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How a Running Club Can Boost Children’s Self-Esteem and Confidence

The finish line is just the beginning when it comes to this special club for girls, says Bev Forrest...

  • How a Running Club Can Boost Children’s Self-Esteem and Confidence

It was smiles all round when a group of Y4 girls from St Joseph’s Catholic Primary in Pudsey, West Yorkshire, completed their 5km Parkrun challenge this summer.

After six weeks of dedicated training, they ran, skipped and danced over the finishing line, accompanied by their proud ‘mama mermaid’, student teacher Caroline Haunch.

Motivated by the aims of the Mini Mermaid Running Club organisation, and wanting to further improve the physical health and self-esteem of the girls in her class, Caroline introduced a running club with a difference during her final PGCE placement.

She says, “I noticed a ‘can’t do’ attitude’, as well as strained relationships and, at times, low self-esteem and confidence, among the girls. I suggested to SLT that the Mini Mermaid programme would be a great opportunity to not only discuss with the girls the importance of exercise and how this can positively support mental health, but also encourage them to listen to their own inner voice and know that they are truly amazing young girls.” 

The senior management team from St Joseph’s couldn’t fail to be impressed by Caroline’s level of commitment.

At a time when most student teachers are focusing on surviving their final placement, Caroline realised that getting her pupils involved in this initiative would not just benefit them physically but also give them a more positive attitude towards lessons and school in general, ultimately impacting on their progress.

Physical and mental

Caroline used Mini Mermaid materials to support the running of the club. The programme is specifically designed to tackle lack of physical activity within this age group and increase levels of self-esteem.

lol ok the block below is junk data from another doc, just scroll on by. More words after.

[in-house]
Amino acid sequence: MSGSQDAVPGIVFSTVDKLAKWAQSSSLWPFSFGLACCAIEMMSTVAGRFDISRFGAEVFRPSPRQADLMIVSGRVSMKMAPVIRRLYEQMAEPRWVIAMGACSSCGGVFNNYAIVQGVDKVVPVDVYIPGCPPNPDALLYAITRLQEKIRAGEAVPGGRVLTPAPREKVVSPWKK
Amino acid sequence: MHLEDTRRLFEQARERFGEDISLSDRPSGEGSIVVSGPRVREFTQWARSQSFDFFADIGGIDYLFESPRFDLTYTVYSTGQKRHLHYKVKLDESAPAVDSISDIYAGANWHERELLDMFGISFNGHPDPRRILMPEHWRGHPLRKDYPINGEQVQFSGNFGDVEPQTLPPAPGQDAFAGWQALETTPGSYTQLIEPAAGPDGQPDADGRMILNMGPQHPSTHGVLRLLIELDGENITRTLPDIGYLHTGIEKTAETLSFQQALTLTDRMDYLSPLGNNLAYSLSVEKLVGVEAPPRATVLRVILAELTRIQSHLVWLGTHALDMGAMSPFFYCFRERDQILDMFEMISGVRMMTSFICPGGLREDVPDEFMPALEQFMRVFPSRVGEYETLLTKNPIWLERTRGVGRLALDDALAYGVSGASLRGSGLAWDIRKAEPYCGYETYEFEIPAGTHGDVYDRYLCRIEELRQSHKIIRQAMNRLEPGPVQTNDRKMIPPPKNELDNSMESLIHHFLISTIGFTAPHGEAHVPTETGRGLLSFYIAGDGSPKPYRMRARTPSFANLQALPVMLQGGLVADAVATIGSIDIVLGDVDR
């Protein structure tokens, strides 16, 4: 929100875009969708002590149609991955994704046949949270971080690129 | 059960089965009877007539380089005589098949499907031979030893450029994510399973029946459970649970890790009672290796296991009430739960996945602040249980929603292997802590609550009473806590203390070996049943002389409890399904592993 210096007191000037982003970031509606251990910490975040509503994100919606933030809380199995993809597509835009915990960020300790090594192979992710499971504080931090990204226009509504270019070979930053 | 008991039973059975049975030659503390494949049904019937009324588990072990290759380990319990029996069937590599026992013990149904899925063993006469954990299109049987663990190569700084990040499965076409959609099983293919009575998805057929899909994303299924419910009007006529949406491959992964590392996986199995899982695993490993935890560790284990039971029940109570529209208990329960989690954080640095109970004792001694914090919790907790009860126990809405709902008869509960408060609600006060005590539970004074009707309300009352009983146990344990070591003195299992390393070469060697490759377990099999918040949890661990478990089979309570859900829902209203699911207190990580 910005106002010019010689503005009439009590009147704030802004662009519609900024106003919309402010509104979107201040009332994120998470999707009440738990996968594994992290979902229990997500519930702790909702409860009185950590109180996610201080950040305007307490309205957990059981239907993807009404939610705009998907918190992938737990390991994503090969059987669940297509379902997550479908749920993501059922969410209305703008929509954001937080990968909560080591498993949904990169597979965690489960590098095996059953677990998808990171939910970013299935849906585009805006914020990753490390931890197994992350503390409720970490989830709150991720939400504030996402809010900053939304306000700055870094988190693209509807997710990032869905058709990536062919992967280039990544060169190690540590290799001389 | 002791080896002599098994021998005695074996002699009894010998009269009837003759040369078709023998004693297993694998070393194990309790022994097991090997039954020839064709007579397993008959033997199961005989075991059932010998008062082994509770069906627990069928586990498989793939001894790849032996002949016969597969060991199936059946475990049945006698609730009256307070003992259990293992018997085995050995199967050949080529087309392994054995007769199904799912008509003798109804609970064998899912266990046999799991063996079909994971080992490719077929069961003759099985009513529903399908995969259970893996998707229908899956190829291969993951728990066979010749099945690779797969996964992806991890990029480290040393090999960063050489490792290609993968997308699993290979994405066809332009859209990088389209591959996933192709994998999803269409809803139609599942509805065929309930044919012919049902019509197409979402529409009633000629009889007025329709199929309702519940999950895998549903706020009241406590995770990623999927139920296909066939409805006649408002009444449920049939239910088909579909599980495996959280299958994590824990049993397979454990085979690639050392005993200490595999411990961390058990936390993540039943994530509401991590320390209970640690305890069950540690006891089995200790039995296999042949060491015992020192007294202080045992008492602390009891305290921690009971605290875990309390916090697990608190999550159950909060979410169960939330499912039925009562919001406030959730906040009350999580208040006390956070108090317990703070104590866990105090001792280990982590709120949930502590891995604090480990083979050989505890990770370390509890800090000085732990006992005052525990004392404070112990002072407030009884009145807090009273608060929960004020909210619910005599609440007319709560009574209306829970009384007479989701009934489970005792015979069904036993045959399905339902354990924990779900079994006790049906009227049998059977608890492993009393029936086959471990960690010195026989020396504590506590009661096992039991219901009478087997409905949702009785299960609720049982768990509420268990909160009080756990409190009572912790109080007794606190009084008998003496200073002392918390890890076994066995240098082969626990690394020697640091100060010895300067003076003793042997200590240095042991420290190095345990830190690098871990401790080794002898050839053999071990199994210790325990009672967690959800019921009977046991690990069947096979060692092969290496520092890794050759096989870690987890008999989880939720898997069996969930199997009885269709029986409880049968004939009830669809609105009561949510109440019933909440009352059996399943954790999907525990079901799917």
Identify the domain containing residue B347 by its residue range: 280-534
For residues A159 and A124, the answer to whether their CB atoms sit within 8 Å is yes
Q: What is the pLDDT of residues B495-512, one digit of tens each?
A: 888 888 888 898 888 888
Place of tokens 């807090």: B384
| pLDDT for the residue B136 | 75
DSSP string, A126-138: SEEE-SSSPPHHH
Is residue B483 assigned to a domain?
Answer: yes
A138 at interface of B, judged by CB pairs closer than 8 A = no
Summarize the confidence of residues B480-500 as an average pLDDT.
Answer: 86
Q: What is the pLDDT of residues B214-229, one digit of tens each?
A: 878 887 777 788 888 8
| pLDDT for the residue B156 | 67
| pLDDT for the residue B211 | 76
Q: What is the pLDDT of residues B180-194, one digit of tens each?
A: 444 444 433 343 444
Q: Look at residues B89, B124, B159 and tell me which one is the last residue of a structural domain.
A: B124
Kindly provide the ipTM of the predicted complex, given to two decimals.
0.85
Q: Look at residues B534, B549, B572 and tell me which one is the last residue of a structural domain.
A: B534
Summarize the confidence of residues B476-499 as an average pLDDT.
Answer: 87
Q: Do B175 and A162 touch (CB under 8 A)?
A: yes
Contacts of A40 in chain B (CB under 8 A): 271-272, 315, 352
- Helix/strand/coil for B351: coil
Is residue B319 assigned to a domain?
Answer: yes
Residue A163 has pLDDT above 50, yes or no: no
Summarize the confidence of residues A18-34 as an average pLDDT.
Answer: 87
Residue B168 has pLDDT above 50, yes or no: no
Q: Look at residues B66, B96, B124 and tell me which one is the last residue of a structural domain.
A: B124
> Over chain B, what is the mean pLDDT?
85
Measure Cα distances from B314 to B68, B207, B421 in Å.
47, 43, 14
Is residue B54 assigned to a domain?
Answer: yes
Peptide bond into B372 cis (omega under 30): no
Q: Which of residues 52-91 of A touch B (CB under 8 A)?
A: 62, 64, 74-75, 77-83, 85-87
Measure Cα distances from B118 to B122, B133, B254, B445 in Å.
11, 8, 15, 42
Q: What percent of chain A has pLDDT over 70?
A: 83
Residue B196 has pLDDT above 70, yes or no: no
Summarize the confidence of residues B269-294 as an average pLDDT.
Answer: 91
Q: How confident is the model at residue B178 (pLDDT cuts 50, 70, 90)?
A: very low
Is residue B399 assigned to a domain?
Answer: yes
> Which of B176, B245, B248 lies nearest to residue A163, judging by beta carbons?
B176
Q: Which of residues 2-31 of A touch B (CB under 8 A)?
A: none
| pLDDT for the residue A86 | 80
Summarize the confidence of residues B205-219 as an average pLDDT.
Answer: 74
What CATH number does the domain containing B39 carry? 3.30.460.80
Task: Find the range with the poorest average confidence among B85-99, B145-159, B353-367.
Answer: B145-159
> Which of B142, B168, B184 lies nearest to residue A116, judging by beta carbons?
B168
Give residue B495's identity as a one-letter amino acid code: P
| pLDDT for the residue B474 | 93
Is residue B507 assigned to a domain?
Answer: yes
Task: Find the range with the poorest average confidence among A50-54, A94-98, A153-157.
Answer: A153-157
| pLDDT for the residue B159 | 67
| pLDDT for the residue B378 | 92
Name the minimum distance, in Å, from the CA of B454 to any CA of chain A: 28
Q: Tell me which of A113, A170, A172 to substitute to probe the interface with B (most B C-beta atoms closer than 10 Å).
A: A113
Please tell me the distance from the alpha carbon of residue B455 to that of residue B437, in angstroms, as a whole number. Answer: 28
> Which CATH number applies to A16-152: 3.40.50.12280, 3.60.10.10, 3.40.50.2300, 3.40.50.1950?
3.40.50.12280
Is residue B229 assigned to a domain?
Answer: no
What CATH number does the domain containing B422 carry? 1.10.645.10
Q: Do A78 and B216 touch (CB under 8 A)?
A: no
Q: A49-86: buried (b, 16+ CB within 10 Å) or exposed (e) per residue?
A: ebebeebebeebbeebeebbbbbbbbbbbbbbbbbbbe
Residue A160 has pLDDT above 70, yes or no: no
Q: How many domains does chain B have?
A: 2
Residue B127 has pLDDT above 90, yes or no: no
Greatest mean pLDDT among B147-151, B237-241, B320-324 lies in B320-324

It comprises bi-weekly sessions held over six weeks. The programme has its roots in the USA and was brought to the UK by Hannah Corne. Her daughter experiences selective mutism – her anxiety means that she cannot verbally interact with adults.

Hannah saw that when her daughter was outside, being active, her anxiety was low and she could talk to her in front of adults. After further research, she was struck by the aims of the Mini Mermaid programme and how it encompasses the whole child.

Since 2015, the organisation has reached over 1,000 children. Resources include everything needed to run sessions, but also gives coaches the freedom to introduce their own ideas.

Teacher Caroline has always loved running, but starting a club is possible even if you are a novice.

The important thing is to be aware of safety issues, particularly if you plan to take pupils off-site. It’s also essential to get pupils to warm up and cool down, just as you would do in regular PE lessons.

In 2016, Dr Nicola Eccles conducted a research project into the work of Mini Mermaid UK and found that the clubs created a unique and supportive space for girls to learn the necessary skills to deal with everyday issues.

Areas of impact included helping girls get to know themselves better and develop resilience, better manage peer relations and developing an increasing sense of physical self-awareness.

Not just running

Don’t be put off by the term ‘running club’ either, as this approach encompasses all types of movement, whether it’s walking, skipping or jogging.